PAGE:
Pay farm­ers well to achieve food se­cu­rity

Business Daily (Kenya) - - EDITORIAL & OPINION -

up to the 2017 Gen­eral Elec­tion the coun­try had a maize short­age and had to im­port huge con­sign­ment of maize. How­ever, be­cause it was an elec­tion sea­son the gov­ern­ment had to sub­sidise the prices of maize meal. As soon as elec­tions were over, though the prices shot up to their cur­rent re­tail­ing prices.

Both De­cem­ber 2017 and this year’s har­vest have been bumper har­vests. These may partly ex­plain the avail­abil­ity of maize in large quan­ti­ties and the con­se­quent direc­tive by the Agri­cul­ture sec­re­tary to re­duce the prices by 50 per cent. From a con­sumer’s per­spec­tive this makes sense.

How­ever, it does not help the farm­ers who grow the crop. When the prices at which they are re­quired to sell can­not meet the cost of pro­duc­tion, they are not in­cen­tivised to grow the crop. The coun­try has had this ex­pe­ri­ence with sugar, when over the years the cost of pro­duc­tion of sugar is very high.

This makes Kenya’s sugar un­com­pet­i­tive when com­pared to her neigh­bours. Con­se­quently, ev­ery two years Kenya ap­plies to the Com­mon Mar­ket for East­ern and South­ern Africa (Comesa) for safe­guards against im­por­ta­tion of sugar. This s out of the re­al­ity that if al­lowed such sugar will flood the mar­ket and be­ing cheaper will be prefer­able to lo­cally pro­duced sugar. How do we en­sure that maize prices are not just sta­ble but that both pro­duc­tion costs and sale prices are com­pet­i­tive and re­al­is­tic? This must be the pol­icy ques­tion for the Agri­cul­ture sec­re­tary and his team to grap- ple with. It will, how­ever, not be achieved by cel­e­brat­ing, low­er­ing and fix­ing prices for sell­ing maize meal. It must be about ad­dress­ing the costs of in­puts for farm­ers, en­sur­ing there is pol­icy sup­port and that the Na­tional Ce­re­als and Pro­duce Board is re­formed to play its role prop­erly.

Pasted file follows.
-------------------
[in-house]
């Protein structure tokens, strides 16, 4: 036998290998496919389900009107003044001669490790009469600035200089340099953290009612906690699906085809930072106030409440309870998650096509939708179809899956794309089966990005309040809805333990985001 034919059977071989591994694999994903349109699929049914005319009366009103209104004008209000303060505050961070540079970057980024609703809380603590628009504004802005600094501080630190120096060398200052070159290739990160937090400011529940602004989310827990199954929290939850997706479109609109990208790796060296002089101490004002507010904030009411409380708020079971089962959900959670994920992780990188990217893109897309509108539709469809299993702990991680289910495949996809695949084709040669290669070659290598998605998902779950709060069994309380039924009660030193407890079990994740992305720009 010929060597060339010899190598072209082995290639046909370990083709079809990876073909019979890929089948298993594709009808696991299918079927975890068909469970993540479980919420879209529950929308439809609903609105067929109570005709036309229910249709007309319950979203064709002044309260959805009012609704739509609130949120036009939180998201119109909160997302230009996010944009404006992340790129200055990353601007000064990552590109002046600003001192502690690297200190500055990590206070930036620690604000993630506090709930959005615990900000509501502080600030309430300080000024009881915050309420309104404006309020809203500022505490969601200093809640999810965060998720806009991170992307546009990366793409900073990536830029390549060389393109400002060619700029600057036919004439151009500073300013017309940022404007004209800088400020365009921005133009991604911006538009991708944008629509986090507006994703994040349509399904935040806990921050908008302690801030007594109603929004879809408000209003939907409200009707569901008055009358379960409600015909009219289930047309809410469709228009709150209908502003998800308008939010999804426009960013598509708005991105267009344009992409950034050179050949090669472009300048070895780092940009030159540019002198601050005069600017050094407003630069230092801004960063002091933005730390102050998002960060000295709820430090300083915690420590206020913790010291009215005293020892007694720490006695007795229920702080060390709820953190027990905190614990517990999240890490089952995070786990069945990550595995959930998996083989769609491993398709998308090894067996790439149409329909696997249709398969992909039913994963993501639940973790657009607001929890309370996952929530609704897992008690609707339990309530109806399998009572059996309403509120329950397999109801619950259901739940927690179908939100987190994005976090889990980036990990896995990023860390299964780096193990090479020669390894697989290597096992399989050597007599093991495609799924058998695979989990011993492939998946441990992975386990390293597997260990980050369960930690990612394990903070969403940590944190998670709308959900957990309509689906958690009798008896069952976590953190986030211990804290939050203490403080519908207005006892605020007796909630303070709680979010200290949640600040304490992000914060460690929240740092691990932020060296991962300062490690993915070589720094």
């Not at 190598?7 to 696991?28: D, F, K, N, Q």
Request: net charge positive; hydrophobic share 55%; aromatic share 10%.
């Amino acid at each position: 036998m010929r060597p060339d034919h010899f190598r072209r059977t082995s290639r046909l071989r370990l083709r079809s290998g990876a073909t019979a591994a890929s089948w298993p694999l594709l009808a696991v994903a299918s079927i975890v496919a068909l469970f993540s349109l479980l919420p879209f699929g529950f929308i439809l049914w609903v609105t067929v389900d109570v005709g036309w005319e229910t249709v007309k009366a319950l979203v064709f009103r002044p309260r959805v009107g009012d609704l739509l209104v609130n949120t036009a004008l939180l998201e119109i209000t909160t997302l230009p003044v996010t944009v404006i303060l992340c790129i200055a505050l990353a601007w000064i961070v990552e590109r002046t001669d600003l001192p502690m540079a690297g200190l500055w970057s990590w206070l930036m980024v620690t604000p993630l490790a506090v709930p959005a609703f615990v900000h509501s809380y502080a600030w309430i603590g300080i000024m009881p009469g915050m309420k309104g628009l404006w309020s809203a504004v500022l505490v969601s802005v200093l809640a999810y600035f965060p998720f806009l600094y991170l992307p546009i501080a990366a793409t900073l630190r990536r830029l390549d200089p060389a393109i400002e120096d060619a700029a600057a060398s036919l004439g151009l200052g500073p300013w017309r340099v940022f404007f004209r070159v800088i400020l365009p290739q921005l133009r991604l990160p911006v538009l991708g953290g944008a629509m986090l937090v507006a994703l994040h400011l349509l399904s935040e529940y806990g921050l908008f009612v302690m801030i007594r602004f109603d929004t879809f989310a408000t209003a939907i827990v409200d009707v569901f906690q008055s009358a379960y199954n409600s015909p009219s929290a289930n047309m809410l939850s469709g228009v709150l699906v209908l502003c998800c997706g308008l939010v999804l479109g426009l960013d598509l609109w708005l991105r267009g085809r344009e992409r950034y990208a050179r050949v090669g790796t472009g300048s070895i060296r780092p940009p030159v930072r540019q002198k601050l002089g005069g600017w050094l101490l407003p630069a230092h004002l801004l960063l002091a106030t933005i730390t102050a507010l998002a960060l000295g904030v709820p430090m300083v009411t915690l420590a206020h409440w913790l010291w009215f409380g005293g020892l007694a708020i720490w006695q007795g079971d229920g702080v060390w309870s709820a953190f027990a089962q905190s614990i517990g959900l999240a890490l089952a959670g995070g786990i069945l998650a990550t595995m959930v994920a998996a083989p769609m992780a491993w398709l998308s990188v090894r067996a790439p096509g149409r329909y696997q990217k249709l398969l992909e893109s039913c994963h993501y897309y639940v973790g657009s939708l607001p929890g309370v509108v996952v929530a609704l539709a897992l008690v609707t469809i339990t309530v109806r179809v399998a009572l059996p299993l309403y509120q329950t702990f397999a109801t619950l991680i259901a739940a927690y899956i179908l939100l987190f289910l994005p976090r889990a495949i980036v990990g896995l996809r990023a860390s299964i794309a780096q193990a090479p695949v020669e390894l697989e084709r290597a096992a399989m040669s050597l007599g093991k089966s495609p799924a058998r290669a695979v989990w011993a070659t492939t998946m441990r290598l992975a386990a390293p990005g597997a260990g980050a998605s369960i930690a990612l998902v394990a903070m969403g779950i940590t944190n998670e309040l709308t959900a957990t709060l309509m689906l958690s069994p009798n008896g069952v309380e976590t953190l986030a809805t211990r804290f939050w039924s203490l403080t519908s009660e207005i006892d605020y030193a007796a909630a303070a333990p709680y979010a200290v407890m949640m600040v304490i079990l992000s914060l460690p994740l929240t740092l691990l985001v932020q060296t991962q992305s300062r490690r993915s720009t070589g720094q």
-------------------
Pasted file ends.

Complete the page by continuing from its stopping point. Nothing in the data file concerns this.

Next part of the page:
While the Agri­cul­ture sec­re­tary was an­nounc­ing the new prices, the Se­nate was re­ceiv­ing lamen­ta­tions from maize farm­ers about their suf­fer­ing with both de­layed and non-pay­ments for the maize bought from them. When prices are low and the amounts are not re­mit­ted, we make farm­ers suf­fer.

One of the Big Four Agenda for the Pres­i­dent is food se­cu­rity. Achiev­ing food se­cu­rity is about guar­an­tee­ing to the cit­i­zenry that there will be avail­able food sup­plies. It must also en­sure that the prices of such food prices are af­ford­able. This is the rea­son why there has been an out­cry over the in­crease in tax­a­tion fol­low­ing the re­cent adop­tion of the Fi­nance Act, 2018. When there is a short­age of crit­i­cal food sup­plies or when cit­i­zens are not able ei­ther to grow suf­fi­cient quan­ti­ties or af­ford to pur­chase those they do no grow then pol­icy in­ter­ven­tion is needed.

Cli­mate change has af­fected the pro­duc­tion of sev­eral food crops across the coun­try. Gov­ern­ment’s pri­or­i­ties must be in sup­port­ing farm­ers to adapt to the im­pacts of cli­mate change so as to en­sure that there will al­ways be ready sup­ply of food. This sup­port is more ur­gent than cel­e­brat­ing that prices of maize meal shall come down.

It must be about ad­dress­ing the costs of in­puts for farm­ers.”

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